There are a number of questions addressing the desirability and/or feasibility of a slower reentry from Earth orbit in order to reduce thermal load. At least most of them run into the problem that once you are significantly below orbital velocity, the atmosphere is either too thick to decelerate slowly, or too thin to provide lift, so you are committed to a fairly rapid descent.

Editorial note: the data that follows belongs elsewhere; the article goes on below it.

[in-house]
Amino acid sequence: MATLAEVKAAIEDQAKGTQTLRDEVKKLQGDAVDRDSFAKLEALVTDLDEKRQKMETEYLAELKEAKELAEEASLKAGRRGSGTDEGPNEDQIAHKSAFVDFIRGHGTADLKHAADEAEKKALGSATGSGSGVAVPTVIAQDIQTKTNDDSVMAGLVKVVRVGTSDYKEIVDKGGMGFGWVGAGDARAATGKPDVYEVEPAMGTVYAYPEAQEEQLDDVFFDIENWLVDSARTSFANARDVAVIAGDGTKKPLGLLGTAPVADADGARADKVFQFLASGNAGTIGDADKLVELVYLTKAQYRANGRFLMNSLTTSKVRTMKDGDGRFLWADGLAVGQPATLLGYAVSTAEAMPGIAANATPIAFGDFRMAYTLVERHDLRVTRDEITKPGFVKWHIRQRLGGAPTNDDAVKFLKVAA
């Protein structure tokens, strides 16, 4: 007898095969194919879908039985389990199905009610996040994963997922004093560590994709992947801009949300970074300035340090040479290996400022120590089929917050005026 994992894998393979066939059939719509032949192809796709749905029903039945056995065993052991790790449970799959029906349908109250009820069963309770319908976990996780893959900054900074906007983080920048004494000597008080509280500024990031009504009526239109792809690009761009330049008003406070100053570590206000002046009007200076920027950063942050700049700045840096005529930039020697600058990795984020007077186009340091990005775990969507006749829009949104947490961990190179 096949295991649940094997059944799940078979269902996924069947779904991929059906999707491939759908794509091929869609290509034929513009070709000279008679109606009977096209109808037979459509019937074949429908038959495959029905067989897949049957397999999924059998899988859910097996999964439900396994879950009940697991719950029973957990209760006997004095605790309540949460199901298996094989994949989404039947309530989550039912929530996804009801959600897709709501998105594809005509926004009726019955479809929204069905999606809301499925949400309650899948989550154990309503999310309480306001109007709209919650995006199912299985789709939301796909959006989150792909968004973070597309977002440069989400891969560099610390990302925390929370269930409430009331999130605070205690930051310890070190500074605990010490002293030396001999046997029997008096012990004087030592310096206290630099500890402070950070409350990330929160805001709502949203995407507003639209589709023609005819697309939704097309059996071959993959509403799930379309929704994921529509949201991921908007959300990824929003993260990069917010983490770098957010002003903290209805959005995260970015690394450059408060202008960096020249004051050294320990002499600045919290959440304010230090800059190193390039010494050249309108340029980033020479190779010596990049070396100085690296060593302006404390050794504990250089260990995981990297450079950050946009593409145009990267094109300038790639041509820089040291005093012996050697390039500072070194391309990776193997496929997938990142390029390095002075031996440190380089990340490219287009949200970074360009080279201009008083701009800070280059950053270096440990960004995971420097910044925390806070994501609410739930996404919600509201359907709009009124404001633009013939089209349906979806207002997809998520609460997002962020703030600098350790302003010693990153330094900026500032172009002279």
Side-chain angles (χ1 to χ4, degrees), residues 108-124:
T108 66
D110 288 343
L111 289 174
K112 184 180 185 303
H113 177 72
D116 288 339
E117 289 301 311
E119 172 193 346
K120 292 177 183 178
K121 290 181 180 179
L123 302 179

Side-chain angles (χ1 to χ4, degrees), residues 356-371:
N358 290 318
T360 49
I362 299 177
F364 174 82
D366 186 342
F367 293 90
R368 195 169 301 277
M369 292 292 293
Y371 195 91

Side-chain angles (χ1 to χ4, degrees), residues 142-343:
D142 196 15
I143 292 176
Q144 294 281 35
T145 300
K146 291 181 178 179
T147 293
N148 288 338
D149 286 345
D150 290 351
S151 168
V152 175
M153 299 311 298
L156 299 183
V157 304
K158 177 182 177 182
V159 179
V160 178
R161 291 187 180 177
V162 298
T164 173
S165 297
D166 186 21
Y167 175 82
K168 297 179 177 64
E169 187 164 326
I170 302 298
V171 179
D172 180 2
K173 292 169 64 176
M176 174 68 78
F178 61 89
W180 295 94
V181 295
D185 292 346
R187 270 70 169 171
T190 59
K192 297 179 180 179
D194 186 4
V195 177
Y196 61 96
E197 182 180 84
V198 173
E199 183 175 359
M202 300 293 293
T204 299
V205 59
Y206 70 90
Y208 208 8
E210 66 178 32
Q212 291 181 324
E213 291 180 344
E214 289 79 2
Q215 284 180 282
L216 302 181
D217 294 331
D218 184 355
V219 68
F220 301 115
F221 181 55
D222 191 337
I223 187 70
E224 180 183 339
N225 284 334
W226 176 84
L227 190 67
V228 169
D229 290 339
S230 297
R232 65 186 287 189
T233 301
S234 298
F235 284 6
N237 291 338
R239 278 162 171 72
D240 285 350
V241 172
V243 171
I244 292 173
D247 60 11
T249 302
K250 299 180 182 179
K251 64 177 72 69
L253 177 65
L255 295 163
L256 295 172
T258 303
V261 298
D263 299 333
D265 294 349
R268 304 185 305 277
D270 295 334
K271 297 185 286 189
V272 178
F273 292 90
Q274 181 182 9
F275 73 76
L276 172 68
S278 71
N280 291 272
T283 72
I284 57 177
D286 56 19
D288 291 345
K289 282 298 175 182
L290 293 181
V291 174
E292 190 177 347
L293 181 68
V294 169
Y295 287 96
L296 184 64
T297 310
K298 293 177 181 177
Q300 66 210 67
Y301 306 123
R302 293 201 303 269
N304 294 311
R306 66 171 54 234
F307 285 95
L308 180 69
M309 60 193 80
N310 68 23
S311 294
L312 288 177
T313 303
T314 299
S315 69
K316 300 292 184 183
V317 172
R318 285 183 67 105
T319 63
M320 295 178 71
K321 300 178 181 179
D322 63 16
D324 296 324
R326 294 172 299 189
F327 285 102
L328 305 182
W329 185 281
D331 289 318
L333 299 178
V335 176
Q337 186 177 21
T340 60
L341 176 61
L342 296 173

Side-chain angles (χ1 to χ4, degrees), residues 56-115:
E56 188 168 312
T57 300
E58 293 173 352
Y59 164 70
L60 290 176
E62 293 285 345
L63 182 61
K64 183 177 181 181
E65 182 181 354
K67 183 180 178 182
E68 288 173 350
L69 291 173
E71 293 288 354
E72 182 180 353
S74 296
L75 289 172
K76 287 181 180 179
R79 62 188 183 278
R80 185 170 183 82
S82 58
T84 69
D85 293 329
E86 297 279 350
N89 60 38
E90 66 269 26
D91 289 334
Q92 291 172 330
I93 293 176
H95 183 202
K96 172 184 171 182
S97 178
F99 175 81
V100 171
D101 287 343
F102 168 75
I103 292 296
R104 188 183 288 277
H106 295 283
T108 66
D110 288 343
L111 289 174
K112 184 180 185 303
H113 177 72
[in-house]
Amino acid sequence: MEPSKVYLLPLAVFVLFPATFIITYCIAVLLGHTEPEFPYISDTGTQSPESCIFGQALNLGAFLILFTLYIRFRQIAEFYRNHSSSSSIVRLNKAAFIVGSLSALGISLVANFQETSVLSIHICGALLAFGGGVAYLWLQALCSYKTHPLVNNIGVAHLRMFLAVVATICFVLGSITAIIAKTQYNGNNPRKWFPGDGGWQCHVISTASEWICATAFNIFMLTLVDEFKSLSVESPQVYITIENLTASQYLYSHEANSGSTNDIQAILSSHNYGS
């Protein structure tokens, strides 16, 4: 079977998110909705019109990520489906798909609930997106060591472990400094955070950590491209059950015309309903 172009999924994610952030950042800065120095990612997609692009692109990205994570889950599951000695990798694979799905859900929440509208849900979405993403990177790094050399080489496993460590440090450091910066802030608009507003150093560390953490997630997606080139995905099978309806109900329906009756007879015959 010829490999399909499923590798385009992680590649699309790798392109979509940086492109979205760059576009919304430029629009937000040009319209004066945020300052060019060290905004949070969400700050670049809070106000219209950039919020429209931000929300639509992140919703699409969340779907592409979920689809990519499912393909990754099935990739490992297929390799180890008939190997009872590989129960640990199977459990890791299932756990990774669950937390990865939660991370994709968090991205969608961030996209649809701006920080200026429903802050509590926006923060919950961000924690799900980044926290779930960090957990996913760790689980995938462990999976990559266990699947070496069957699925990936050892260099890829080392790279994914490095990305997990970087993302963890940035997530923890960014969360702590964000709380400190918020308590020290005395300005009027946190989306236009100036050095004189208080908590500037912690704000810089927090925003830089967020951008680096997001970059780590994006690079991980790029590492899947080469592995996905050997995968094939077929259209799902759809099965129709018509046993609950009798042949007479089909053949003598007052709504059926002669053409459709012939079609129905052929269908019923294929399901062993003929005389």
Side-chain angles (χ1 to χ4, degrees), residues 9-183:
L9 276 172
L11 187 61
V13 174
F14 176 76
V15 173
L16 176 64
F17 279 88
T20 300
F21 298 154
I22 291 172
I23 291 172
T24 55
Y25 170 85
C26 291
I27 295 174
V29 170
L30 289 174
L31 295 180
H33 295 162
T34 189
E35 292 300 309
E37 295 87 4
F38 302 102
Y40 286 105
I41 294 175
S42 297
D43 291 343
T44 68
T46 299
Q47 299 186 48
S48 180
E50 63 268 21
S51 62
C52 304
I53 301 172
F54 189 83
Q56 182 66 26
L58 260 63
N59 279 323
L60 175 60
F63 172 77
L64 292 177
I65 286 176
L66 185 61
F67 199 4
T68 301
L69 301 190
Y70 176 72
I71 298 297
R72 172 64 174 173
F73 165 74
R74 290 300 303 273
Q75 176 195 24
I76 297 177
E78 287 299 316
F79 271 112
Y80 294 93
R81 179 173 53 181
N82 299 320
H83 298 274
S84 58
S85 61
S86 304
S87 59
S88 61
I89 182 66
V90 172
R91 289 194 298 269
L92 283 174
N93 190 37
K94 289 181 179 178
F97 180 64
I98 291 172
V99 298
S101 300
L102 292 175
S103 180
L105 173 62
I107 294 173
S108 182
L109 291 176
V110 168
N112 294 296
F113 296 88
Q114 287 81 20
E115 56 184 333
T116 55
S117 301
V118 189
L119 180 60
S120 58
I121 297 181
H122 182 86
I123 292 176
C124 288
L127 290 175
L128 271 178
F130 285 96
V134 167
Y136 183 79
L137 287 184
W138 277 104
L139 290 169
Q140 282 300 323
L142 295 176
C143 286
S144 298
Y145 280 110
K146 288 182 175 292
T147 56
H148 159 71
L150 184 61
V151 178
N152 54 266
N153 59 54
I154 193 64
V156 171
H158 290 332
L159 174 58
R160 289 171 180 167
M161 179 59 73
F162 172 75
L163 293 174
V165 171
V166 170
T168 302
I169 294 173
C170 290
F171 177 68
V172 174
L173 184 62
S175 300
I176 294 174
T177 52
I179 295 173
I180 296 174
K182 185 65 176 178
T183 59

However, suppose you are going significantly faster than orbital velocity to start with, most likely because you are returning from the Moon or Mars. Is there merit in planning an initial trajectory for aerocapture rather than reentry? You would end up, hopefully, in an elliptical orbit with maybe a 12-24 hour period which would allow for radiating away accumulated heat, and a systems check, possibly followed by a few aerobraking passes to lower the apogee, before finally committing to reentry.
If the systems check revealed problems after aerocapture, a rescue mission might even be possible.